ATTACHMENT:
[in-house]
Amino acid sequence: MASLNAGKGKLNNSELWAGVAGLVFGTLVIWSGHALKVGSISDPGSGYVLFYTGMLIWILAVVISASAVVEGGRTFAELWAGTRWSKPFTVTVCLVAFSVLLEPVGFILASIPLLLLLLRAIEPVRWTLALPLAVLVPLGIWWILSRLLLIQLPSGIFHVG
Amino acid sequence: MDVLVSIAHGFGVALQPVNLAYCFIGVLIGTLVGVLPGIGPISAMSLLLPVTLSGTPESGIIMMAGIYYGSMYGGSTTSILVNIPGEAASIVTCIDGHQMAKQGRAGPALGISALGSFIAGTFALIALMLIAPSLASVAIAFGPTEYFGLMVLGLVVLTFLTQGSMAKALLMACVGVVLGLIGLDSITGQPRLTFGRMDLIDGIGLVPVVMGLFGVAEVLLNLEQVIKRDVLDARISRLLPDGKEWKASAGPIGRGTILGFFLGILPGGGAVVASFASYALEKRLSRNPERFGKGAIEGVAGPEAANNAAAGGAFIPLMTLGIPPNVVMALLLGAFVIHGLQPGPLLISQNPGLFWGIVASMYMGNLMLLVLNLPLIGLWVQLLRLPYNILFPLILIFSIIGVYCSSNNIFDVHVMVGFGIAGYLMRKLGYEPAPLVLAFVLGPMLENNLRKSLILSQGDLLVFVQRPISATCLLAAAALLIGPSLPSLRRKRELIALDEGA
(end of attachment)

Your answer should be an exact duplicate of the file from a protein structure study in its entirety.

[in-house]
Amino acid sequence: MASLNAGKGKLNNSELWAGVAGLVFGTLVIWSGHALKVGSISDPGSGYVLFYTGMLIWILAVVISASAVVEGGRTFAELWAGTRWSKPFTVTVCLVAFSVLLEPVGFILASIPLLLLLLRAIEPVRWTLALPLAVLVPLGIWWILSRLLLIQLPSGIFHVG
Amino acid sequence: MDVLVSIAHGFGVALQPVNLAYCFIGVLIGTLVGVLPGIGPISAMSLLLPVTLSGTPESGIIMMAGIYYGSMYGGSTTSILVNIPGEAASIVTCIDGHQMAKQGRAGPALGISALGSFIAGTFALIALMLIAPSLASVAIAFGPTEYFGLMVLGLVVLTFLTQGSMAKALLMACVGVVLGLIGLDSITGQPRLTFGRMDLIDGIGLVPVVMGLFGVAEVLLNLEQVIKRDVLDARISRLLPDGKEWKASAGPIGRGTILGFFLGILPGGGAVVASFASYALEKRLSRNPERFGKGAIEGVAGPEAANNAAAGGAFIPLMTLGIPPNVVMALLLGAFVIHGLQPGPLLISQNPGLFWGIVASMYMGNLMLLVLNLPLIGLWVQLLRLPYNILFPLILIFSIIGVYCSSNNIFDVHVMVGFGIAGYLMRKLGYEPAPLVLAFVLGPMLENNLRKSLILSQGDLLVFVQRPISATCLLAAAALLIGPSLPSLRRKRELIALDEGA